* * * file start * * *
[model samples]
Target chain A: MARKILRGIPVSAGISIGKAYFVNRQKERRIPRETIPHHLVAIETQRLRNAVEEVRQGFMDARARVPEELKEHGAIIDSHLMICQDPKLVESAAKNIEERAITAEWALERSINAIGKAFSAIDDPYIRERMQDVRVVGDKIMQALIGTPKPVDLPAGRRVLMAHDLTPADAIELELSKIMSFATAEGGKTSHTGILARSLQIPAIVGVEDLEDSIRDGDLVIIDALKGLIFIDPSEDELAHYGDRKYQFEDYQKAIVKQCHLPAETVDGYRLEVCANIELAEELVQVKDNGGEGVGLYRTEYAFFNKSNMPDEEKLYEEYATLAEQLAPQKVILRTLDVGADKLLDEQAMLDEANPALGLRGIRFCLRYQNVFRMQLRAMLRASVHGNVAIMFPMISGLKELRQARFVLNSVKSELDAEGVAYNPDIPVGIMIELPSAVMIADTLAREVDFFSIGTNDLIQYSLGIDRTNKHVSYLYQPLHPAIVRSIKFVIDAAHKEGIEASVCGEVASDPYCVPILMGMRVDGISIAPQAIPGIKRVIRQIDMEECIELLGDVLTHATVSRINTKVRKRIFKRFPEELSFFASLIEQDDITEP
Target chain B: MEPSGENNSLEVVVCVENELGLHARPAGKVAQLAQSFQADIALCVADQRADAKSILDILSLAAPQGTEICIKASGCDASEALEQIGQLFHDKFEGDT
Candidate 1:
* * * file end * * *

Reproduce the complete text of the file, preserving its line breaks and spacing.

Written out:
[model samples]
Target chain A: MARKILRGIPVSAGISIGKAYFVNRQKERRIPRETIPHHLVAIETQRLRNAVEEVRQGFMDARARVPEELKEHGAIIDSHLMICQDPKLVESAAKNIEERAITAEWALERSINAIGKAFSAIDDPYIRERMQDVRVVGDKIMQALIGTPKPVDLPAGRRVLMAHDLTPADAIELELSKIMSFATAEGGKTSHTGILARSLQIPAIVGVEDLEDSIRDGDLVIIDALKGLIFIDPSEDELAHYGDRKYQFEDYQKAIVKQCHLPAETVDGYRLEVCANIELAEELVQVKDNGGEGVGLYRTEYAFFNKSNMPDEEKLYEEYATLAEQLAPQKVILRTLDVGADKLLDEQAMLDEANPALGLRGIRFCLRYQNVFRMQLRAMLRASVHGNVAIMFPMISGLKELRQARFVLNSVKSELDAEGVAYNPDIPVGIMIELPSAVMIADTLAREVDFFSIGTNDLIQYSLGIDRTNKHVSYLYQPLHPAIVRSIKFVIDAAHKEGIEASVCGEVASDPYCVPILMGMRVDGISIAPQAIPGIKRVIRQIDMEECIELLGDVLTHATVSRINTKVRKRIFKRFPEELSFFASLIEQDDITEP
Target chain B: MEPSGENNSLEVVVCVENELGLHARPAGKVAQLAQSFQADIALCVADQRADAKSILDILSLAAPQGTEICIKASGCDASEALEQIGQLFHDKFEGDT
Candidate 1: